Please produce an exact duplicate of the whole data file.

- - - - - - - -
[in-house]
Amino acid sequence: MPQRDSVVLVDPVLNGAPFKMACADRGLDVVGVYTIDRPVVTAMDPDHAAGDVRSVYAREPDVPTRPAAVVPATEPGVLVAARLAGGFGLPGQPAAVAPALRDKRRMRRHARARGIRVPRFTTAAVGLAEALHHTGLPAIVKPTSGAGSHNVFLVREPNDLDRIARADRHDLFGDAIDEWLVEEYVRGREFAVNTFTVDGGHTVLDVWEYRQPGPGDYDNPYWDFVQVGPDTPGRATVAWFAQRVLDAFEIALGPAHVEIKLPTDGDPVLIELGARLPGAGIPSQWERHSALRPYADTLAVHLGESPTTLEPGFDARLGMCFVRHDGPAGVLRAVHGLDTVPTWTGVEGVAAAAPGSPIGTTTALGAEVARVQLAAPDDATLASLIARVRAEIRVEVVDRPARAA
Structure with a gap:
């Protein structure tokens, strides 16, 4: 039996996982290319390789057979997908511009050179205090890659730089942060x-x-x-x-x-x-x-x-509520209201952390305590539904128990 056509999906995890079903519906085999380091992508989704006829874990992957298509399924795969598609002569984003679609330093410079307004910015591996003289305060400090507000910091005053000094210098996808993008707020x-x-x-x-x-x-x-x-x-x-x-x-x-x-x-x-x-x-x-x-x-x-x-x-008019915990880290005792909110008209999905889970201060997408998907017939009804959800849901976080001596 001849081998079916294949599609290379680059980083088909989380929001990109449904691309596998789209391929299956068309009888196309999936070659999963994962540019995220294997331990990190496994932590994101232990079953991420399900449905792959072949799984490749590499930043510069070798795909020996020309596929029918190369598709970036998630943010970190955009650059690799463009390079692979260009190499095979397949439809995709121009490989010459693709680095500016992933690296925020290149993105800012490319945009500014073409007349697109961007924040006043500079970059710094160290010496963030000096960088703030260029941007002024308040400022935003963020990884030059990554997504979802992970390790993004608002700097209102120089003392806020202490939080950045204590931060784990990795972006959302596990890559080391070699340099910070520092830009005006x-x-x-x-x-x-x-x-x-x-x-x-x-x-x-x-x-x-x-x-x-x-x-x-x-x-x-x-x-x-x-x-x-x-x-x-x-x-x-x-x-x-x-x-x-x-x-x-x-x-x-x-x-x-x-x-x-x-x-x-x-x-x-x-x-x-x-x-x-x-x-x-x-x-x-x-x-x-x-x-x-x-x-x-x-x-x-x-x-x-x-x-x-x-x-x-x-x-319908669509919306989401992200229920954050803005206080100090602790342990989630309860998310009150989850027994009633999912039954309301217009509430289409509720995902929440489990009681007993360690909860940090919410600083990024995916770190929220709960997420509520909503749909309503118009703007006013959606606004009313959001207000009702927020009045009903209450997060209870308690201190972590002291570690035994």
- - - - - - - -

[in-house]
Amino acid sequence: MPQRDSVVLVDPVLNGAPFKMACADRGLDVVGVYTIDRPVVTAMDPDHAAGDVRSVYAREPDVPTRPAAVVPATEPGVLVAARLAGGFGLPGQPAAVAPALRDKRRMRRHARARGIRVPRFTTAAVGLAEALHHTGLPAIVKPTSGAGSHNVFLVREPNDLDRIARADRHDLFGDAIDEWLVEEYVRGREFAVNTFTVDGGHTVLDVWEYRQPGPGDYDNPYWDFVQVGPDTPGRATVAWFAQRVLDAFEIALGPAHVEIKLPTDGDPVLIELGARLPGAGIPSQWERHSALRPYADTLAVHLGESPTTLEPGFDARLGMCFVRHDGPAGVLRAVHGLDTVPTWTGVEGVAAAAPGSPIGTTTALGAEVARVQLAAPDDATLASLIARVRAEIRVEVVDRPARAA
Structure with a gap:
């Protein structure tokens, strides 16, 4: 039996996982290319390789057979997908511009050179205090890659730089942060x-x-x-x-x-x-x-x-509520209201952390305590539904128990 056509999906995890079903519906085999380091992508989704006829874990992957298509399924795969598609002569984003679609330093410079307004910015591996003289305060400090507000910091005053000094210098996808993008707020x-x-x-x-x-x-x-x-x-x-x-x-x-x-x-x-x-x-x-x-x-x-x-x-008019915990880290005792909110008209999905889970201060997408998907017939009804959800849901976080001596 001849081998079916294949599609290379680059980083088909989380929001990109449904691309596998789209391929299956068309009888196309999936070659999963994962540019995220294997331990990190496994932590994101232990079953991420399900449905792959072949799984490749590499930043510069070798795909020996020309596929029918190369598709970036998630943010970190955009650059690799463009390079692979260009190499095979397949439809995709121009490989010459693709680095500016992933690296925020290149993105800012490319945009500014073409007349697109961007924040006043500079970059710094160290010496963030000096960088703030260029941007002024308040400022935003963020990884030059990554997504979802992970390790993004608002700097209102120089003392806020202490939080950045204590931060784990990795972006959302596990890559080391070699340099910070520092830009005006x-x-x-x-x-x-x-x-x-x-x-x-x-x-x-x-x-x-x-x-x-x-x-x-x-x-x-x-x-x-x-x-x-x-x-x-x-x-x-x-x-x-x-x-x-x-x-x-x-x-x-x-x-x-x-x-x-x-x-x-x-x-x-x-x-x-x-x-x-x-x-x-x-x-x-x-x-x-x-x-x-x-x-x-x-x-x-x-x-x-x-x-x-x-x-x-x-x-319908669509919306989401992200229920954050803005206080100090602790342990989630309860998310009150989850027994009633999912039954309301217009509430289409509720995902929440489990009681007993360690909860940090919410600083990024995916770190929220709960997420509520909503749909309503118009703007006013959606606004009313959001207000009702927020009045009903209450997060209870308690201190972590002291570690035994």